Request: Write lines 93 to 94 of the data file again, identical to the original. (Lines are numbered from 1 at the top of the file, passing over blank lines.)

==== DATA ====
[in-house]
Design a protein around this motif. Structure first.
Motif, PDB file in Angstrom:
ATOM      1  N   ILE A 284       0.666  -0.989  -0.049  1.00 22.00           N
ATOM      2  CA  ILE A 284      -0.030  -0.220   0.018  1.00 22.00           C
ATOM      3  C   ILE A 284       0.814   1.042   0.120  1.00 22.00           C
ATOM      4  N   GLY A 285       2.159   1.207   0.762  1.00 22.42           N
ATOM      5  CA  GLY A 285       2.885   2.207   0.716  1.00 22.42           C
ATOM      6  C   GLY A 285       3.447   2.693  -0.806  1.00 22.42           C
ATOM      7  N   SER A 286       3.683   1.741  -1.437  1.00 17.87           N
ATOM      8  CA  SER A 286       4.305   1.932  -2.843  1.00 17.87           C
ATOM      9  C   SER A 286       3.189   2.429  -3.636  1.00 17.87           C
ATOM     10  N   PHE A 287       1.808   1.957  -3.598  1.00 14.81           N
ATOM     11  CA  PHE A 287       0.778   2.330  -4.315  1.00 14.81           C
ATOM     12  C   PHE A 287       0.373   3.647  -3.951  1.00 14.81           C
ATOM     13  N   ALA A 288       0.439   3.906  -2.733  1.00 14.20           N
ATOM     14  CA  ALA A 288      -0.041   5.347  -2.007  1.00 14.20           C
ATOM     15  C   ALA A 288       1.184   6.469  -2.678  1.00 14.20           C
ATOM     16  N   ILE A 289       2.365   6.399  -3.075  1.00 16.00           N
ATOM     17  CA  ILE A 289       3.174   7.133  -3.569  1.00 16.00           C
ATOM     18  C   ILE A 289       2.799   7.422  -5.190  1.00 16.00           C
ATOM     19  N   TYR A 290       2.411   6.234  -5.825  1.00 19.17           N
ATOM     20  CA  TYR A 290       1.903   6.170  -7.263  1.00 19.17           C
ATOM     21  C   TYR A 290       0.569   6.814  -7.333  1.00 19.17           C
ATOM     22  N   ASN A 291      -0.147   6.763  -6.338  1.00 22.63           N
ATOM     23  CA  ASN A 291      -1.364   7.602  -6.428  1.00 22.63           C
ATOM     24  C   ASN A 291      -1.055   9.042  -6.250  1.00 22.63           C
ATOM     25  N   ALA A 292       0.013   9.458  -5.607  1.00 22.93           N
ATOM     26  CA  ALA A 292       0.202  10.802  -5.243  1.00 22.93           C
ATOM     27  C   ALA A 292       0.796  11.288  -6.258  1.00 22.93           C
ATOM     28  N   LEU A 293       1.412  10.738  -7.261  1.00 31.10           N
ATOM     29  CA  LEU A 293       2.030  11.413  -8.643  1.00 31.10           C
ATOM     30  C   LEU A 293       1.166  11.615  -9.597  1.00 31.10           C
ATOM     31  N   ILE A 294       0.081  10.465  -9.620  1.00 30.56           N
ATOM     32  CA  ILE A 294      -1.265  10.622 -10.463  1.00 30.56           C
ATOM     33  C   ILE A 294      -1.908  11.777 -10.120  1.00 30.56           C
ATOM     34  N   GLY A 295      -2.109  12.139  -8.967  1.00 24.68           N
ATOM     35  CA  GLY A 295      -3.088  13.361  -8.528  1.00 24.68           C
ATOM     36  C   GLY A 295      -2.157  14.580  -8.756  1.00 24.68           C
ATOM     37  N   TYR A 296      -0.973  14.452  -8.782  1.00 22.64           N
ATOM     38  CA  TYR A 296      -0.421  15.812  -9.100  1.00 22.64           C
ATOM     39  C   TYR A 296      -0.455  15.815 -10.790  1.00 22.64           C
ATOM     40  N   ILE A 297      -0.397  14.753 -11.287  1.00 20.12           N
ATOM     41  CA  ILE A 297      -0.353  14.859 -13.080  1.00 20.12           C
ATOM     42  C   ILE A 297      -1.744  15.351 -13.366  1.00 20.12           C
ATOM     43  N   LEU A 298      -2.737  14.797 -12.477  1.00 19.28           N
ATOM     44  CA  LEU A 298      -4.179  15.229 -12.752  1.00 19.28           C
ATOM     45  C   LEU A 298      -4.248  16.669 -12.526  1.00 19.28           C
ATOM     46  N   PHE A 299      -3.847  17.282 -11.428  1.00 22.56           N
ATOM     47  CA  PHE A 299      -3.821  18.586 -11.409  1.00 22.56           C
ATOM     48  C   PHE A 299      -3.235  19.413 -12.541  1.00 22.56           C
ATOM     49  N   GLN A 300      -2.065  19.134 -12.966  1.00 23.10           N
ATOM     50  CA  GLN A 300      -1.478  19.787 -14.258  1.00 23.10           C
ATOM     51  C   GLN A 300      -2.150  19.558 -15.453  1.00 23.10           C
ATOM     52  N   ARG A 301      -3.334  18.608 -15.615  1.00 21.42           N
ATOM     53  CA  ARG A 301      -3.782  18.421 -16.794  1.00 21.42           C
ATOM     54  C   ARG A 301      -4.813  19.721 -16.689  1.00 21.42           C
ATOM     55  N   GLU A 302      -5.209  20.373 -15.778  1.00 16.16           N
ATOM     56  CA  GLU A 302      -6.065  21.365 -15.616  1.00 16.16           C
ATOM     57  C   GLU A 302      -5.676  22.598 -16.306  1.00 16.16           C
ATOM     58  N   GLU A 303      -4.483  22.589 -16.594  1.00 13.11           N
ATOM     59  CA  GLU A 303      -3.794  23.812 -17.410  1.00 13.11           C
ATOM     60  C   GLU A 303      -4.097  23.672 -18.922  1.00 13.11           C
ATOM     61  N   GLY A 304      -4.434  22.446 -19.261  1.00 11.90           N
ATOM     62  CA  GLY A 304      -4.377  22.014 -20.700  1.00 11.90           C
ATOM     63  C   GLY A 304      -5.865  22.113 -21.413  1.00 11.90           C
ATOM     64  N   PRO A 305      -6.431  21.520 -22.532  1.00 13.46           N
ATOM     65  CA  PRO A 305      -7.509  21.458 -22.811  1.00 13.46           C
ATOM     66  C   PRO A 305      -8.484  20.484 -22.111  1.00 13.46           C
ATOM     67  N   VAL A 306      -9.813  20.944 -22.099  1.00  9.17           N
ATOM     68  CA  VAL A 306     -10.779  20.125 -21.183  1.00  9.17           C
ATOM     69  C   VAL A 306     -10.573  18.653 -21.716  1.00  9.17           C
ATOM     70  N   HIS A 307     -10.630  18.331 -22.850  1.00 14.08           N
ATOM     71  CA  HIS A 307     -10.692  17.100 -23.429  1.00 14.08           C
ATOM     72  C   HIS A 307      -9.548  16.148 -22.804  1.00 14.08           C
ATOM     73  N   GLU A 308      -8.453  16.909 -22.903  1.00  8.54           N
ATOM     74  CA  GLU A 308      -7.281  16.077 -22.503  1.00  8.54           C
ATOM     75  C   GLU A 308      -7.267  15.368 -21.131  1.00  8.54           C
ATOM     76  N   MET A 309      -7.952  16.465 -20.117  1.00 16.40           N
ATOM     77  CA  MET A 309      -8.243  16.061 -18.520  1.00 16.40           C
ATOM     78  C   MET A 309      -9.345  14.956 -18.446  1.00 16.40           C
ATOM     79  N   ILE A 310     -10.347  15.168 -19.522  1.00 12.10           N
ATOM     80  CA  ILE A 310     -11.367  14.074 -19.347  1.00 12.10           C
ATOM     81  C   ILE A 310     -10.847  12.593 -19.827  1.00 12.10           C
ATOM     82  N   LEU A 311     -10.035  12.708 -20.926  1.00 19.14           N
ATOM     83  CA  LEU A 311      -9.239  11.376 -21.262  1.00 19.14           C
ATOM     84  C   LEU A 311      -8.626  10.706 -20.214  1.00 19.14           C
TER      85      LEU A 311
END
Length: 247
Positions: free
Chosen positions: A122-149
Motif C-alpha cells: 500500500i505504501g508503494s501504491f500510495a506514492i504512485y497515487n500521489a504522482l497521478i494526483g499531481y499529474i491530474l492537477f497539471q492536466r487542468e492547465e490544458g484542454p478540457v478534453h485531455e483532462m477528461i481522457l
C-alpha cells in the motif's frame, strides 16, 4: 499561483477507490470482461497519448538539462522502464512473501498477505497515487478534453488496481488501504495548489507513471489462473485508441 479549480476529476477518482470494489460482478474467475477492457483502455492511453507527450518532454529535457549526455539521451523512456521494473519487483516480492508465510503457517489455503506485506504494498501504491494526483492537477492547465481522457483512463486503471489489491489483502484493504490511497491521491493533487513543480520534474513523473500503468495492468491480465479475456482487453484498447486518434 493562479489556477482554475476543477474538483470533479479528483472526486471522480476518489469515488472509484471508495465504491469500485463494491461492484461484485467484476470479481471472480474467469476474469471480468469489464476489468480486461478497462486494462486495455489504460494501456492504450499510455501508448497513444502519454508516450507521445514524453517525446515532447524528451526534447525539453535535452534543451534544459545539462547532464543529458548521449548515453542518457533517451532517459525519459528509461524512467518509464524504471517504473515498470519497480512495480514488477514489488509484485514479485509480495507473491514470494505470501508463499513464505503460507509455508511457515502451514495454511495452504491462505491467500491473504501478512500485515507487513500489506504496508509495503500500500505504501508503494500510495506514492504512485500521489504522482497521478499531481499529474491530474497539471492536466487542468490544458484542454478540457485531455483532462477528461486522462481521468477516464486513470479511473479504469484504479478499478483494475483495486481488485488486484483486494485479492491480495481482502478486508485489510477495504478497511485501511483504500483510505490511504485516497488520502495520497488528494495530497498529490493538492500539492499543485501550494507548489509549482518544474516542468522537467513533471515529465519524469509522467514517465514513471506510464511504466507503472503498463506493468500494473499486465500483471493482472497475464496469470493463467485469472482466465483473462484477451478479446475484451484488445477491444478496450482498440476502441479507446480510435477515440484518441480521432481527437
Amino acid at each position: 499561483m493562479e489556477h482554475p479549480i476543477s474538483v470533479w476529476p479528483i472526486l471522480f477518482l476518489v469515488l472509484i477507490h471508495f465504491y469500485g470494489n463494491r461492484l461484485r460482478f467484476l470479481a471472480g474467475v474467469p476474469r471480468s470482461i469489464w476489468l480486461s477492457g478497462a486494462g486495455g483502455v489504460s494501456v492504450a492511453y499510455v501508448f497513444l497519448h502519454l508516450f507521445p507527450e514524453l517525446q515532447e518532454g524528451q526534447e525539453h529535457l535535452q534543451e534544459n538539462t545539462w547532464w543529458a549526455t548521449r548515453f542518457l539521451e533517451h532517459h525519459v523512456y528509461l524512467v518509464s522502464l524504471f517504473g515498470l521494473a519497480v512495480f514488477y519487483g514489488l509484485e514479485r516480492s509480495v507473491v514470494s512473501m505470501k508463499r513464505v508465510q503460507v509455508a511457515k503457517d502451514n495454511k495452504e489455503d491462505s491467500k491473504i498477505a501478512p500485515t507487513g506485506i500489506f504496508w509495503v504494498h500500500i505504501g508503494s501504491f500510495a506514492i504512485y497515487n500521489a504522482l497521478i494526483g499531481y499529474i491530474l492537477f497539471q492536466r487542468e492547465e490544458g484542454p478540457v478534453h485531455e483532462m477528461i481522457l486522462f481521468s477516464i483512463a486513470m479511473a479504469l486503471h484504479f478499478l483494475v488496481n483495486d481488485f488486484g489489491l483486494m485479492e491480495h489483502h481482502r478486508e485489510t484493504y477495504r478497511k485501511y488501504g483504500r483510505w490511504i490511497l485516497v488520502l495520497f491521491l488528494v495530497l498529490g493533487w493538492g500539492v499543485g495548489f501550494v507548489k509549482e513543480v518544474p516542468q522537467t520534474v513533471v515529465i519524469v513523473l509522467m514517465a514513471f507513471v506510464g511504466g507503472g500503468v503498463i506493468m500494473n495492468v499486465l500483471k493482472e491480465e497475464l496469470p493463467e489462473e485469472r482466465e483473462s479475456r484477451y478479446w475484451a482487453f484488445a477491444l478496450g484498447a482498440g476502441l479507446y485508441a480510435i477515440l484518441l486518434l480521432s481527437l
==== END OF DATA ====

Motif C-alpha cells: 500500500i505504501g508503494s501504491f500510495a506514492i504512485y497515487n500521489a504522482l497521478i494526483g499531481y499529474i491530474l492537477f497539471q492536466r487542468e492547465e490544458g484542454p478540457v478534453h485531455e483532462m477528461i481522457l
C-alpha cells in the motif's frame, strides 16, 4: 499561483477507490470482461497519448538539462522502464512473501498477505497515487478534453488496481488501504495548489507513471489462473485508441 479549480476529476477518482470494489460482478474467475477492457483502455492511453507527450518532454529535457549526455539521451523512456521494473519487483516480492508465510503457517489455503506485506504494498501504491494526483492537477492547465481522457483512463486503471489489491489483502484493504490511497491521491493533487513543480520534474513523473500503468495492468491480465479475456482487453484498447486518434 493562479489556477482554475476543477474538483470533479479528483472526486471522480476518489469515488472509484471508495465504491469500485463494491461492484461484485467484476470479481471472480474467469476474469471480468469489464476489468480486461478497462486494462486495455489504460494501456492504450499510455501508448497513444502519454508516450507521445514524453517525446515532447524528451526534447525539453535535452534543451534544459545539462547532464543529458548521449548515453542518457533517451532517459525519459528509461524512467518509464524504471517504473515498470519497480512495480514488477514489488509484485514479485509480495507473491514470494505470501508463499513464505503460507509455508511457515502451514495454511495452504491462505491467500491473504501478512500485515507487513500489506504496508509495503500500500505504501508503494500510495506514492504512485500521489504522482497521478499531481499529474491530474497539471492536466487542468490544458484542454478540457485531455483532462477528461486522462481521468477516464486513470479511473479504469484504479478499478483494475483495486481488485488486484483486494485479492491480495481482502478486508485489510477495504478497511485501511483504500483510505490511504485516497488520502495520497488528494495530497498529490493538492500539492499543485501550494507548489509549482518544474516542468522537467513533471515529465519524469509522467514517465514513471506510464511504466507503472503498463506493468500494473499486465500483471493482472497475464496469470493463467485469472482466465483473462484477451478479446475484451484488445477491444478496450482498440476502441479507446480510435477515440484518441480521432481527437